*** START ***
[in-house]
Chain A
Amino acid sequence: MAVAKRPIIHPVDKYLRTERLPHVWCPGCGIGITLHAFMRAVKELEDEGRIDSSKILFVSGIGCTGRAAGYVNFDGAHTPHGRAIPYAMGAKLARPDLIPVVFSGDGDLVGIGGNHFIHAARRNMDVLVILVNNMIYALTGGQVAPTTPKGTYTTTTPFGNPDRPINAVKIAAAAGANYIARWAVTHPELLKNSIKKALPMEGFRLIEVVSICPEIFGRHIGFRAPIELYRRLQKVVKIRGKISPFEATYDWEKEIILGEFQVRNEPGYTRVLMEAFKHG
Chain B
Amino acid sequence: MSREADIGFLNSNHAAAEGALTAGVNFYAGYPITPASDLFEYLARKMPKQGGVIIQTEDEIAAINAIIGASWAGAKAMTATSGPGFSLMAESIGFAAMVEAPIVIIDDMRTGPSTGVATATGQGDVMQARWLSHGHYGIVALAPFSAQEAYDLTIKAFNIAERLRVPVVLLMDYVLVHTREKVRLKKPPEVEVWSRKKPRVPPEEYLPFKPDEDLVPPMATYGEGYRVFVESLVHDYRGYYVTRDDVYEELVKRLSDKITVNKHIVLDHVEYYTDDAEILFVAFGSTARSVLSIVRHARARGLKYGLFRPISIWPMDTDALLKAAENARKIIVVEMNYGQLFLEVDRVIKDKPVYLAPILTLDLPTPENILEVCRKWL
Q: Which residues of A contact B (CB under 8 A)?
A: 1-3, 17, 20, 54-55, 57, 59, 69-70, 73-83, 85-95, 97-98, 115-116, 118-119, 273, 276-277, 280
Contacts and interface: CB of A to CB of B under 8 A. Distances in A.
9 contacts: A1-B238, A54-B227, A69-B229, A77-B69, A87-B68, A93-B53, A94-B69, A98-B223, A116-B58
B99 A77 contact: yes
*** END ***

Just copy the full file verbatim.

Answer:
[in-house]
Chain A
Amino acid sequence: MAVAKRPIIHPVDKYLRTERLPHVWCPGCGIGITLHAFMRAVKELEDEGRIDSSKILFVSGIGCTGRAAGYVNFDGAHTPHGRAIPYAMGAKLARPDLIPVVFSGDGDLVGIGGNHFIHAARRNMDVLVILVNNMIYALTGGQVAPTTPKGTYTTTTPFGNPDRPINAVKIAAAAGANYIARWAVTHPELLKNSIKKALPMEGFRLIEVVSICPEIFGRHIGFRAPIELYRRLQKVVKIRGKISPFEATYDWEKEIILGEFQVRNEPGYTRVLMEAFKHG
Chain B
Amino acid sequence: MSREADIGFLNSNHAAAEGALTAGVNFYAGYPITPASDLFEYLARKMPKQGGVIIQTEDEIAAINAIIGASWAGAKAMTATSGPGFSLMAESIGFAAMVEAPIVIIDDMRTGPSTGVATATGQGDVMQARWLSHGHYGIVALAPFSAQEAYDLTIKAFNIAERLRVPVVLLMDYVLVHTREKVRLKKPPEVEVWSRKKPRVPPEEYLPFKPDEDLVPPMATYGEGYRVFVESLVHDYRGYYVTRDDVYEELVKRLSDKITVNKHIVLDHVEYYTDDAEILFVAFGSTARSVLSIVRHARARGLKYGLFRPISIWPMDTDALLKAAENARKIIVVEMNYGQLFLEVDRVIKDKPVYLAPILTLDLPTPENILEVCRKWL
Q: Which residues of A contact B (CB under 8 A)?
A: 1-3, 17, 20, 54-55, 57, 59, 69-70, 73-83, 85-95, 97-98, 115-116, 118-119, 273, 276-277, 280
Contacts and interface: CB of A to CB of B under 8 A. Distances in A.
9 contacts: A1-B238, A54-B227, A69-B229, A77-B69, A87-B68, A93-B53, A94-B69, A98-B223, A116-B58
B99 A77 contact: yes